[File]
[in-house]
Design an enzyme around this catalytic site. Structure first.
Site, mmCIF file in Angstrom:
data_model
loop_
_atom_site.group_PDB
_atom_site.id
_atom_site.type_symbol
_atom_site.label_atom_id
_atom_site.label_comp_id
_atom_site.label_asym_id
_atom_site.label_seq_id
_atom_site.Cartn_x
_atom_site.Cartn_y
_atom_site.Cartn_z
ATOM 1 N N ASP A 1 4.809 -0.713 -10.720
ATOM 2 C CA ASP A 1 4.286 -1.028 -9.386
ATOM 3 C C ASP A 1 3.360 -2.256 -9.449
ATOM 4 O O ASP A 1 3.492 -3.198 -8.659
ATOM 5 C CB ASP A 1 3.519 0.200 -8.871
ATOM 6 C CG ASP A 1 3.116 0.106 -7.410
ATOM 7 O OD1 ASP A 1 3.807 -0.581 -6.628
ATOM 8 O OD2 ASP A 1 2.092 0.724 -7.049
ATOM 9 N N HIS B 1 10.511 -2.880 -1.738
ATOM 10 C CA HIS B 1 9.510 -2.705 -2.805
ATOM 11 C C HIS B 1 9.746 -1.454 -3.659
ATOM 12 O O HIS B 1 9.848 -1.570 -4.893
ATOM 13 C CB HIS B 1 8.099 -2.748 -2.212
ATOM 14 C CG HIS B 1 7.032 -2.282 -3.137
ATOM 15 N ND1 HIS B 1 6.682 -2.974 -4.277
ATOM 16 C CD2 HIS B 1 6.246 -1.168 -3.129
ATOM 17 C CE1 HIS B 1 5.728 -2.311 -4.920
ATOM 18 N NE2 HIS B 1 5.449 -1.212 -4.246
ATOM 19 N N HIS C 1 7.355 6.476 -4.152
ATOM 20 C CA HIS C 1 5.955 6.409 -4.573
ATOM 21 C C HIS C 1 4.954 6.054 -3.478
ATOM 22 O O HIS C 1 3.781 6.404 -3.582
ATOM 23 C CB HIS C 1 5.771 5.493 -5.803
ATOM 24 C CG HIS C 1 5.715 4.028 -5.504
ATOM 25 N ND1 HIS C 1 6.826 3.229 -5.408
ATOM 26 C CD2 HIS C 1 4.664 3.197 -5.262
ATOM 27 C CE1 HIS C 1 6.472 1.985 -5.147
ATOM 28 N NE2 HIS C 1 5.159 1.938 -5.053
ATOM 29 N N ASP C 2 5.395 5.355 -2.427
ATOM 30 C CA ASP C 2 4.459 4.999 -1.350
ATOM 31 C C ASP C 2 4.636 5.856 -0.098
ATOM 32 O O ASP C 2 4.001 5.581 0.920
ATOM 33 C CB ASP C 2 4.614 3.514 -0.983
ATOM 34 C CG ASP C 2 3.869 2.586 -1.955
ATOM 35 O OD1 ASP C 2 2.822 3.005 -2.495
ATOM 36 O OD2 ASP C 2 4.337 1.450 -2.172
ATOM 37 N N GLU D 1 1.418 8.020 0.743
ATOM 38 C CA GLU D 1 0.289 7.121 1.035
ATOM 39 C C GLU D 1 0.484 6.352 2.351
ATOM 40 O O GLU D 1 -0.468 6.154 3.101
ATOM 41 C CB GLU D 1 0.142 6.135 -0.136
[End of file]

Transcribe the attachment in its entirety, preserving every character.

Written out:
[in-house]
Design an enzyme around this catalytic site. Structure first.
Site, mmCIF file in Angstrom:
data_model
loop_
_atom_site.group_PDB
_atom_site.id
_atom_site.type_symbol
_atom_site.label_atom_id
_atom_site.label_comp_id
_atom_site.label_asym_id
_atom_site.label_seq_id
_atom_site.Cartn_x
_atom_site.Cartn_y
_atom_site.Cartn_z
ATOM 1 N N ASP A 1 4.809 -0.713 -10.720
ATOM 2 C CA ASP A 1 4.286 -1.028 -9.386
ATOM 3 C C ASP A 1 3.360 -2.256 -9.449
ATOM 4 O O ASP A 1 3.492 -3.198 -8.659
ATOM 5 C CB ASP A 1 3.519 0.200 -8.871
ATOM 6 C CG ASP A 1 3.116 0.106 -7.410
ATOM 7 O OD1 ASP A 1 3.807 -0.581 -6.628
ATOM 8 O OD2 ASP A 1 2.092 0.724 -7.049
ATOM 9 N N HIS B 1 10.511 -2.880 -1.738
ATOM 10 C CA HIS B 1 9.510 -2.705 -2.805
ATOM 11 C C HIS B 1 9.746 -1.454 -3.659
ATOM 12 O O HIS B 1 9.848 -1.570 -4.893
ATOM 13 C CB HIS B 1 8.099 -2.748 -2.212
ATOM 14 C CG HIS B 1 7.032 -2.282 -3.137
ATOM 15 N ND1 HIS B 1 6.682 -2.974 -4.277
ATOM 16 C CD2 HIS B 1 6.246 -1.168 -3.129
ATOM 17 C CE1 HIS B 1 5.728 -2.311 -4.920
ATOM 18 N NE2 HIS B 1 5.449 -1.212 -4.246
ATOM 19 N N HIS C 1 7.355 6.476 -4.152
ATOM 20 C CA HIS C 1 5.955 6.409 -4.573
ATOM 21 C C HIS C 1 4.954 6.054 -3.478
ATOM 22 O O HIS C 1 3.781 6.404 -3.582
ATOM 23 C CB HIS C 1 5.771 5.493 -5.803
ATOM 24 C CG HIS C 1 5.715 4.028 -5.504
ATOM 25 N ND1 HIS C 1 6.826 3.229 -5.408
ATOM 26 C CD2 HIS C 1 4.664 3.197 -5.262
ATOM 27 C CE1 HIS C 1 6.472 1.985 -5.147
ATOM 28 N NE2 HIS C 1 5.159 1.938 -5.053
ATOM 29 N N ASP C 2 5.395 5.355 -2.427
ATOM 30 C CA ASP C 2 4.459 4.999 -1.350
ATOM 31 C C ASP C 2 4.636 5.856 -0.098
ATOM 32 O O ASP C 2 4.001 5.581 0.920
ATOM 33 C CB ASP C 2 4.614 3.514 -0.983
ATOM 34 C CG ASP C 2 3.869 2.586 -1.955
ATOM 35 O OD1 ASP C 2 2.822 3.005 -2.495
ATOM 36 O OD2 ASP C 2 4.337 1.450 -2.172
ATOM 37 N N GLU D 1 1.418 8.020 0.743
ATOM 38 C CA GLU D 1 0.289 7.121 1.035
ATOM 39 C C GLU D 1 0.484 6.352 2.351
ATOM 40 O O GLU D 1 -0.468 6.154 3.101
ATOM 41 C CB GLU D 1 0.142 6.135 -0.136